Shares of Esperion Therapeutics (NASDAQ:ESPR) fell nearly 37% today, after the biopharma announced mixed top-line results for its lead drug candidate in a pivotal phase 3 study. Bempedoic acid was evaluated as a treatment for lowering low-density lipoprotein (LDL), otherwise known as "bad cholesterol," in patients already taking statins. While it met its primary endpoint for efficacy compared to placebo, more patients taking the drug candidate died compared to those taking placebo.
The safety data could thwart the drug candidate's ability to gain marketing approval from the U.S. Food and Drug Administration, which is under no pressure to approve drugs in a crowded cholesterol-therapy market.
As of 2:30 p.m. EDT, the stock had settled to a 31.5% loss.
The phase 3 trial evaluated 2,230 patients taking statins to control LDL cholesterol levels; they were given either bempedoic acid or placebo in addition to their normal medication. After 12 weeks, patients receiving the drug candidate saw an additional 20% drop in blood lipid levels compared to those taking placebo; the benefit was 16% after one year of the study. Both met the primary endpoint.
However, 1% of patients taking bempedoic acid died over the course of the study, compared to just 0.3% of patients taking placebo. It may not seem like much, but considering that tens of millions of Americans take cholesterol-lowering drugs, even a 1% risk of death could become a sticking point at the FDA.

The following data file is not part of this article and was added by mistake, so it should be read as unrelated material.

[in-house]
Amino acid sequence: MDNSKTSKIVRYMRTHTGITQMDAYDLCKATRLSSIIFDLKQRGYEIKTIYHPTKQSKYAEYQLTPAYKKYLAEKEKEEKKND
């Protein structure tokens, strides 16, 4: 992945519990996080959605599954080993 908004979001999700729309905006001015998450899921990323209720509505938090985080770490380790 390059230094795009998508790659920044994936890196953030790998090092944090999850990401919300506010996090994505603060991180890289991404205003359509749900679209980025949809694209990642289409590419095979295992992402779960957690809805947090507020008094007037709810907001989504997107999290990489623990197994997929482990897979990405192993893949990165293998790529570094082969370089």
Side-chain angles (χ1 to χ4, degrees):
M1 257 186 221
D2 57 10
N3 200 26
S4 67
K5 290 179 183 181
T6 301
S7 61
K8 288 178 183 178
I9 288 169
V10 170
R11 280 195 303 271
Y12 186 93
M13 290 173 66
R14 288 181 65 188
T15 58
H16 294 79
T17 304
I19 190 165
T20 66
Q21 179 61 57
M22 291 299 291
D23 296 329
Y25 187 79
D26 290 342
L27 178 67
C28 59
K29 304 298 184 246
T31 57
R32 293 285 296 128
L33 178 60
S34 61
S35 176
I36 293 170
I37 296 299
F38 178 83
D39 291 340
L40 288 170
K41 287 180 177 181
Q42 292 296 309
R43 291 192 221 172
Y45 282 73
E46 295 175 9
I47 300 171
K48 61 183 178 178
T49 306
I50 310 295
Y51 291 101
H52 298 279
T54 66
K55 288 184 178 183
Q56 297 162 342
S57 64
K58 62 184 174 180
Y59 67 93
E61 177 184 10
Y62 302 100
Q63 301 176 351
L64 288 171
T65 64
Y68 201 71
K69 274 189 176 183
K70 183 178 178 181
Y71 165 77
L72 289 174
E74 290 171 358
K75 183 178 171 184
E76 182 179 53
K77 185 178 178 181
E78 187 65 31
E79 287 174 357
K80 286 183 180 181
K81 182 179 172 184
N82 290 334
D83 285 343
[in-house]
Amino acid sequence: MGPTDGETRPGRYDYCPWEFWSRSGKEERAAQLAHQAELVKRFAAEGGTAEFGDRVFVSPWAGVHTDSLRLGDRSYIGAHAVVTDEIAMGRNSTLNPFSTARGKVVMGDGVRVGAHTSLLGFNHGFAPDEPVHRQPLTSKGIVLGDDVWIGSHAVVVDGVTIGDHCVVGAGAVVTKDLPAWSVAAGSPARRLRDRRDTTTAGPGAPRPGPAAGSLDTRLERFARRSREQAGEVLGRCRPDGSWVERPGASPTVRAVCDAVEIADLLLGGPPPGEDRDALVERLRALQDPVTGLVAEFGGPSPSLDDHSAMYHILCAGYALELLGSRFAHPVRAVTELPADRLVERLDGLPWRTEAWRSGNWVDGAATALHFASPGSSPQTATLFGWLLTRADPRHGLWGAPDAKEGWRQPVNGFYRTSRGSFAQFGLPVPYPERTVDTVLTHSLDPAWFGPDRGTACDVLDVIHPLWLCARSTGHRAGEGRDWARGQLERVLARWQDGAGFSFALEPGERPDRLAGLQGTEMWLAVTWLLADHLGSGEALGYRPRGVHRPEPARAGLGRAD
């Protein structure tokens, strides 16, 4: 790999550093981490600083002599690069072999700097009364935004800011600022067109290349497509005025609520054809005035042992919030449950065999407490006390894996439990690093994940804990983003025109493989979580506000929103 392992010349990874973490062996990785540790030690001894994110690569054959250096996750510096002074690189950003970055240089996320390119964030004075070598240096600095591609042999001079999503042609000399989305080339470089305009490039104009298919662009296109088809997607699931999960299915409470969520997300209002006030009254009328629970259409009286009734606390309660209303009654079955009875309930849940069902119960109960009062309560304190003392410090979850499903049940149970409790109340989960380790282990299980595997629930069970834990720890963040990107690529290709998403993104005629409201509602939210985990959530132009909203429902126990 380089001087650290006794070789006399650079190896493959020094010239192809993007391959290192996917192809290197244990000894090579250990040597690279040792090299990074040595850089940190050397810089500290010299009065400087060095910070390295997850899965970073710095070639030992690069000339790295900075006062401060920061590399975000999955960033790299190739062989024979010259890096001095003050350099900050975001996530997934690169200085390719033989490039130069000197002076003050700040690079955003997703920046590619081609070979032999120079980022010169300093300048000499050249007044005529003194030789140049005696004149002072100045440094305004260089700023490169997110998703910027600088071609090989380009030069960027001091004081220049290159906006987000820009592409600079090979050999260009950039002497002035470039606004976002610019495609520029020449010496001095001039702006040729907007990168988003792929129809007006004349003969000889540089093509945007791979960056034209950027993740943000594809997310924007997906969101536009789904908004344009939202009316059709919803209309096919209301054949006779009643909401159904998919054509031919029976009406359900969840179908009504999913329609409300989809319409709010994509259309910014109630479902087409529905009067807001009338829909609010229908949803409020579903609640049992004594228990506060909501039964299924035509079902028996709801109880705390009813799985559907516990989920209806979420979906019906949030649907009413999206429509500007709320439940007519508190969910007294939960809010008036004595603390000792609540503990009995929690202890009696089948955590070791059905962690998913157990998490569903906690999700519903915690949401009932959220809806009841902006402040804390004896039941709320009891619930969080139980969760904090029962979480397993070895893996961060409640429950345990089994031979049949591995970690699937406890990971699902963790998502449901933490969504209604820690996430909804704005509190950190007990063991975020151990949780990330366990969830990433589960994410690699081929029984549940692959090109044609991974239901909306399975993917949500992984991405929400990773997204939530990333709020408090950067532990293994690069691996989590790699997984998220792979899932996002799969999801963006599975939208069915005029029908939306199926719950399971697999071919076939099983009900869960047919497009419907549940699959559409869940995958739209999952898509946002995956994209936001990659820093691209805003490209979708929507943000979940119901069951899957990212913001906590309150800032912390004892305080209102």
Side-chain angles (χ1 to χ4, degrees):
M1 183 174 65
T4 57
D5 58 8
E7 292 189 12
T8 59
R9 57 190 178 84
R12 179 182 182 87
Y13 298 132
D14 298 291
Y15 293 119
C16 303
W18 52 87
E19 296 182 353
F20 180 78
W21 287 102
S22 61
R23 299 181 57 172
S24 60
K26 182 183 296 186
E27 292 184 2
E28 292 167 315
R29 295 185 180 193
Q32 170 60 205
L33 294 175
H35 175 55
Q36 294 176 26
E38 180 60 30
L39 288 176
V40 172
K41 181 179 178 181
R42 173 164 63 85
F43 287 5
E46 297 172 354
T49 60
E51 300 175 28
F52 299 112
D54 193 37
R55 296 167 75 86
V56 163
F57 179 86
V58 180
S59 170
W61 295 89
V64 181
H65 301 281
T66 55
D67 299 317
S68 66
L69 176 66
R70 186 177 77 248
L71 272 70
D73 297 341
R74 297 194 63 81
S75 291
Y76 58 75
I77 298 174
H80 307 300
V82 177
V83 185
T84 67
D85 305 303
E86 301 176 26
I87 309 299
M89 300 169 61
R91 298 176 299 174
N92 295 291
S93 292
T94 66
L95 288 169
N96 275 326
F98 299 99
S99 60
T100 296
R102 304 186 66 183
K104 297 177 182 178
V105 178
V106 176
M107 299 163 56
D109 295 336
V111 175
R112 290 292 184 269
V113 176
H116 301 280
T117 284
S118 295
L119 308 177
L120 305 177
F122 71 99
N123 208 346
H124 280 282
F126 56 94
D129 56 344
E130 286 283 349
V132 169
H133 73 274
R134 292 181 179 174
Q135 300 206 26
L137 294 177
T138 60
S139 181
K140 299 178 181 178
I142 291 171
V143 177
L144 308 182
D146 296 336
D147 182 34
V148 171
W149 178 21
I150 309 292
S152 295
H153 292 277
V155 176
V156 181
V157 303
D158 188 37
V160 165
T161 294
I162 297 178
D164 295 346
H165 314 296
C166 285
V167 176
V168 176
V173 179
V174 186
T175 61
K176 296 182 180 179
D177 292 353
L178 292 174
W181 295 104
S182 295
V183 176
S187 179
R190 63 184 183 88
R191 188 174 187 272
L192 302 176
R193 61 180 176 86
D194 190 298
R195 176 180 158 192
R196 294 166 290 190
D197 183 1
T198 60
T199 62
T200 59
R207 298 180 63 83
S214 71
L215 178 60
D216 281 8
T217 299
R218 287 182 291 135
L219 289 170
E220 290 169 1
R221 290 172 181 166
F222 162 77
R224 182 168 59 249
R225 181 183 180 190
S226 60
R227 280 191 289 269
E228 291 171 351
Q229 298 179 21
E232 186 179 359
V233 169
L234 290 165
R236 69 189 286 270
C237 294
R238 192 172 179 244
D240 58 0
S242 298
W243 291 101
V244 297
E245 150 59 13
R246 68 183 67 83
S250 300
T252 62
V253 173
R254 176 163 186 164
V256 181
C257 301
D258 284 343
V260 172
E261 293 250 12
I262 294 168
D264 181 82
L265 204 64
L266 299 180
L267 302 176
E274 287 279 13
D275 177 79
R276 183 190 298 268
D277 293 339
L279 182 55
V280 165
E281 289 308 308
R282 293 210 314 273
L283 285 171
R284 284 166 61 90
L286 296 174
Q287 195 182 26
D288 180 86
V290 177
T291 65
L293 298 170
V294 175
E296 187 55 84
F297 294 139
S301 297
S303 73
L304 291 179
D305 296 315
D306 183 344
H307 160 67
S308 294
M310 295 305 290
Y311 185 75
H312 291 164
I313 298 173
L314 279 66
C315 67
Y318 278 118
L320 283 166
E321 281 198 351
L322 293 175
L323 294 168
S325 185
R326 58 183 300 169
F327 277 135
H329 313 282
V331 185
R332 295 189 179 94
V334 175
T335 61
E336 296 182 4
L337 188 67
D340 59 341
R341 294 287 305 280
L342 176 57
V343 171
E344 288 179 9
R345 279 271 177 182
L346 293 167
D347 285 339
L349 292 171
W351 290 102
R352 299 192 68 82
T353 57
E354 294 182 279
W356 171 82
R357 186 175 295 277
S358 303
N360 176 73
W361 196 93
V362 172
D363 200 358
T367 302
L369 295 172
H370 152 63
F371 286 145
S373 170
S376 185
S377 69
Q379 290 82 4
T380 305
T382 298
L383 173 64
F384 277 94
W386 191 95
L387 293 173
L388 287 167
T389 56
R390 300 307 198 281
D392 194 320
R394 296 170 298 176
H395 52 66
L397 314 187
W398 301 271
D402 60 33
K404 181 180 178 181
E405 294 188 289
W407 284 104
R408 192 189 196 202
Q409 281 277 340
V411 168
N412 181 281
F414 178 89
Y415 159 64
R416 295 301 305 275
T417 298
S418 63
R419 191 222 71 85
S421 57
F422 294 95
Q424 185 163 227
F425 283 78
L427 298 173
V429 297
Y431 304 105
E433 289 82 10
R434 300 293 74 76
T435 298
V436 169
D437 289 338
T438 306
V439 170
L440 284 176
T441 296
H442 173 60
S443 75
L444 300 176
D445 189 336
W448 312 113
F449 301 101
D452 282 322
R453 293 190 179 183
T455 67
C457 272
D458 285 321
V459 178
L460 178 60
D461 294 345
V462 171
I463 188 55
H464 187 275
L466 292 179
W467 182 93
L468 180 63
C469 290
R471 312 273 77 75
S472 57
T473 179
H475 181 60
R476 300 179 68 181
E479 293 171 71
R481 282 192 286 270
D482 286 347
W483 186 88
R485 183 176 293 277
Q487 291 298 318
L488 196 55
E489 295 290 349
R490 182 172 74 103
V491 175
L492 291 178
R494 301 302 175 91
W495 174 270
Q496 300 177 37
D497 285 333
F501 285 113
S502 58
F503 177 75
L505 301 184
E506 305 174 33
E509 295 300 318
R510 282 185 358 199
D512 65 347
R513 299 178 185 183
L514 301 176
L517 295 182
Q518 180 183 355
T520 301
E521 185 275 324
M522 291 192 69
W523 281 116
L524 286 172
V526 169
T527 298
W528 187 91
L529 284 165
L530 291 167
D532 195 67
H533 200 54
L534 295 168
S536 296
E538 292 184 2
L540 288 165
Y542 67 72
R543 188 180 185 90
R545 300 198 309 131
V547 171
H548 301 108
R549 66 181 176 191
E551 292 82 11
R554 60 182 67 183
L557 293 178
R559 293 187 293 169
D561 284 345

The safety data could complicate Esperion Therapeutics' strategy in the lipid management market, which hinged on offering a low-cost alternative to PCSK9 drugs from Amgen and Regeneron. While that class of drugs can reduce bad cholesterol up to 60%, they also cost up to $14,000 per year, according to STAT. Bempedoic acid is projected to cost just a fraction of that -- $4,000 per year -- if it hits the market. But that became much less certain after the latest data.
The next step for Esperion Therapeutics is to complete a follow-up phase 3 trial by September 2018, after which it plans to submit a new drug application to the FDA sometime in early 2019. Wall Street analysts will be eagerly watching developments in the clinic and the cholesterol-drug market more broadly, including any plans by Amgen and Regeneron to lower prices for their own drugs. Either way, the latest events have severely dampened this development-stage company's future prospects.